Based on our extensive work with private and public sector organizations, as well as the study of resilience in natural systems, we have identified six characteristics of resilient governments: prudence, modularity, redundancy, diversity, embeddedness, and adaptiveness. Certainly, governments must be proactive about averting crises when possible, including moving swiftly to drive decarbonization of their economies and head off the most severe impacts of climate change. But they must simultaneously incorporate these six characteristics into their organizations. Those that do so will be well positioned to respond quickly and ensure the continued delivery of services and resources to their citizens when shocks occur.
Prudence, as we define it, is the ability of governments to anticipate and prepare for different scenarios—operating on the principle that if something can plausibly happen, it eventually will.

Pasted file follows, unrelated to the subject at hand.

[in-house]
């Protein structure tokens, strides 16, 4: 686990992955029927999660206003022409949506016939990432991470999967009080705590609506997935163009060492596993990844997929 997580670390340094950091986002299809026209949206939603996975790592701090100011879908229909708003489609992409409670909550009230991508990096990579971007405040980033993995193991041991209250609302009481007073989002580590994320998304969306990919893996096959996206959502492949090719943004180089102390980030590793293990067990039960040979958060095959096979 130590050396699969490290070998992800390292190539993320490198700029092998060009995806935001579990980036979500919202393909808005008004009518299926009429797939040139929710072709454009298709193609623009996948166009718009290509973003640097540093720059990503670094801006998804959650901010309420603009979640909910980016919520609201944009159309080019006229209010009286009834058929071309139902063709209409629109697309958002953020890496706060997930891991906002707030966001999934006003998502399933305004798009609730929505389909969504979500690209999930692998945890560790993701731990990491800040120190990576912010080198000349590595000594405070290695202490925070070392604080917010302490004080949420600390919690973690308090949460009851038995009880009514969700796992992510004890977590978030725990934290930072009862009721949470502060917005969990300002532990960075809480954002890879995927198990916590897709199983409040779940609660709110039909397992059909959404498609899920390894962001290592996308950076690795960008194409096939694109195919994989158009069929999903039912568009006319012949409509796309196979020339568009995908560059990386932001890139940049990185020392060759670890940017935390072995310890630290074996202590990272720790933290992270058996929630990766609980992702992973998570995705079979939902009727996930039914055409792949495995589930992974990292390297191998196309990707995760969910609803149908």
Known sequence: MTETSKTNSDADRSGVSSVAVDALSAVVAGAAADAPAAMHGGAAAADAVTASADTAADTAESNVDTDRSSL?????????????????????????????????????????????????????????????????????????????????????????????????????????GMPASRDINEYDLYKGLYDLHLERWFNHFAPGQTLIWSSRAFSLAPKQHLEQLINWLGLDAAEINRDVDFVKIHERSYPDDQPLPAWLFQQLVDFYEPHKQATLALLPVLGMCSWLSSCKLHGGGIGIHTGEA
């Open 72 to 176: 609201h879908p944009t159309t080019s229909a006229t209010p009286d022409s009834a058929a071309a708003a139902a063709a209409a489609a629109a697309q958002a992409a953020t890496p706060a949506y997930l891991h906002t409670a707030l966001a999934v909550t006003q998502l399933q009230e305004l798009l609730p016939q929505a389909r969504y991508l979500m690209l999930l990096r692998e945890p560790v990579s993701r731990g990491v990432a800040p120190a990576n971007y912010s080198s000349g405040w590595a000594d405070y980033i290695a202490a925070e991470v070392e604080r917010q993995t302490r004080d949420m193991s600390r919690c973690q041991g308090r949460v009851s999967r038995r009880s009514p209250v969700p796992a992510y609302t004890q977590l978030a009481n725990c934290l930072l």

Governments can enhance this characteristic by conducting scenario-building and tabletop exercises to identify both high- and low-likelihood events. That risk identification process should involve experts both from within and outside the country, state, or city conducting the exercise as well as from a variety of domains, including health, economics, geopolitics, sciences, and sociology.
Governments should then plan and prepare for the most likely and high-impact events. Risk management efforts should be undertaken at all levels of government, from the offices of the president or prime minister to ministerial or cabinet-level offices and down to the state and local level. Central governments should also encourage collaboration and transparency across all levels of the public sector. They should, for example, support local governments in developing their own resilience by leading scenario exercises, sharing information and insights from those exercises with other local governments, and coordinating planning related to national, state, and local responses.